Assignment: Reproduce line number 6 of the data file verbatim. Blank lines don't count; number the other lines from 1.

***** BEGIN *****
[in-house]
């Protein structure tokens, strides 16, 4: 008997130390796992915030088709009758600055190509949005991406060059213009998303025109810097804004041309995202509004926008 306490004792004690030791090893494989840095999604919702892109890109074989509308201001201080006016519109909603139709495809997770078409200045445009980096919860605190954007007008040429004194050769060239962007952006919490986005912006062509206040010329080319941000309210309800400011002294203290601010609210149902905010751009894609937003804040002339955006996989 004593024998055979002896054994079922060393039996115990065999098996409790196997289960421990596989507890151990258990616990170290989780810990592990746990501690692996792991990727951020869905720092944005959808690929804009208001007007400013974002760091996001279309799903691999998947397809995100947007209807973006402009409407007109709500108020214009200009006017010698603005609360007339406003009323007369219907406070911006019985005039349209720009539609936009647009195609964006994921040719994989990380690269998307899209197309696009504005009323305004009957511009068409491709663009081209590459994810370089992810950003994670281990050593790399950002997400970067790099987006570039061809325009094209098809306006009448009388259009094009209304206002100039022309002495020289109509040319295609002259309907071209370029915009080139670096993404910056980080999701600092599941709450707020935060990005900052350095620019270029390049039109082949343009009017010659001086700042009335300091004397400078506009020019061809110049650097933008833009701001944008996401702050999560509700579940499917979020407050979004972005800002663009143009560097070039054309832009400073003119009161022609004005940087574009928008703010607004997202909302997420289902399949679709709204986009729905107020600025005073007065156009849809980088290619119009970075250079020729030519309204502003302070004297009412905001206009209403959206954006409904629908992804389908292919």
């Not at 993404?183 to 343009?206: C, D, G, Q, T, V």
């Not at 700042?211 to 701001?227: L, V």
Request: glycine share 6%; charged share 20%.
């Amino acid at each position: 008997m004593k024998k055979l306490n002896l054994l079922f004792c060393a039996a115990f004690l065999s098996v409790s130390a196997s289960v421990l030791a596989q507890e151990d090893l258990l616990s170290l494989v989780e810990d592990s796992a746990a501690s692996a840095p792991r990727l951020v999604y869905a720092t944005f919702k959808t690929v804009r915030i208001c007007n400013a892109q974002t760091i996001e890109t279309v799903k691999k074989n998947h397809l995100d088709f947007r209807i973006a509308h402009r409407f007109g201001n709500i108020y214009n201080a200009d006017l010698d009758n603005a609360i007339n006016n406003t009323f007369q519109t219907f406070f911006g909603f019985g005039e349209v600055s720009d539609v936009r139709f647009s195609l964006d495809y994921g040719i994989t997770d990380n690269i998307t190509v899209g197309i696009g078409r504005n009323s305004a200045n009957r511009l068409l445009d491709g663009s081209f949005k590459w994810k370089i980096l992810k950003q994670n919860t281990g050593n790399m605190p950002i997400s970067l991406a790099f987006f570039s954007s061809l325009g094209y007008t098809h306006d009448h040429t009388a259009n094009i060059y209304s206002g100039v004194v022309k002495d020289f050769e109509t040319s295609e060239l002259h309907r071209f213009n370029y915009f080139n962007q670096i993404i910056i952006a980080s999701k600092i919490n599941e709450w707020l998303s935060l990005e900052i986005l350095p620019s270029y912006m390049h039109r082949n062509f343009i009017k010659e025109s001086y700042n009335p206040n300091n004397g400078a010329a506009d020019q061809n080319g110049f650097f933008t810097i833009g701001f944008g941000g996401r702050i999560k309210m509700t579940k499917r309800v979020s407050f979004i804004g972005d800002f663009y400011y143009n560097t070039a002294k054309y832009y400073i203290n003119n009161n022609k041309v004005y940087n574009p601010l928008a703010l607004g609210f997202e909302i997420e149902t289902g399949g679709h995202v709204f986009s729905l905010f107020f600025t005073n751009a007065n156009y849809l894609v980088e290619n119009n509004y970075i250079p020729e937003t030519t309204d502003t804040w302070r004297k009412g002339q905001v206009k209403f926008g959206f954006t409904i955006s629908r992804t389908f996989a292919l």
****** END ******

């Amino acid at each position: 008997m004593k024998k055979l306490n002896l054994l079922f004792c060393a039996a115990f004690l065999s098996v409790s130390a196997s289960v421990l030791a596989q507890e151990d090893l258990l616990s170290l494989v989780e810990d592990s796992a746990a501690s692996a840095p792991r990727l951020v999604y869905a720092t944005f919702k959808t690929v804009r915030i208001c007007n400013a892109q974002t760091i996001e890109t279309v799903k691999k074989n998947h397809l995100d088709f947007r209807i973006a509308h402009r409407f007109g201001n709500i108020y214009n201080a200009d006017l010698d009758n603005a609360i007339n006016n406003t009323f007369q519109t219907f406070f911006g909603f019985g005039e349209v600055s720009d539609v936009r139709f647009s195609l964006d495809y994921g040719i994989t997770d990380n690269i998307t190509v899209g197309i696009g078409r504005n009323s305004a200045n009957r511009l068409l445009d491709g663009s081209f949005k590459w994810k370089i980096l992810k950003q994670n919860t281990g050593n790399m605190p950002i997400s970067l991406a790099f987006f570039s954007s061809l325009g094209y007008t098809h306006d009448h040429t009388a259009n094009i060059y209304s206002g100039v004194v022309k002495d020289f050769e109509t040319s295609e060239l002259h309907r071209f213009n370029y915009f080139n962007q670096i993404i910056i952006a980080s999701k600092i919490n599941e709450w707020l998303s935060l990005e900052i986005l350095p620019s270029y912006m390049h039109r082949n062509f343009i009017k010659e025109s001086y700042n009335p206040n300091n004397g400078a010329a506009d020019q061809n080319g110049f650097f933008t810097i833009g701001f944008g941000g996401r702050i999560k309210m509700t579940k499917r309800v979020s407050f979004i804004g972005d800002f663009y400011y143009n560097t070039a002294k054309y832009y400073i203290n003119n009161n022609k041309v004005y940087n574009p601010l928008a703010l607004g609210f997202e909302i997420e149902t289902g399949g679709h995202v709204f986009s729905l905010f107020f600025t005073n751009a007065n156009y849809l894609v980088e290619n119009n509004y970075i250079p020729e937003t030519t309204d502003t804040w302070r004297k009412g002339q905001v206009k209403f926008g959206f954006t409904i955006s629908r992804t389908f996989a292919l």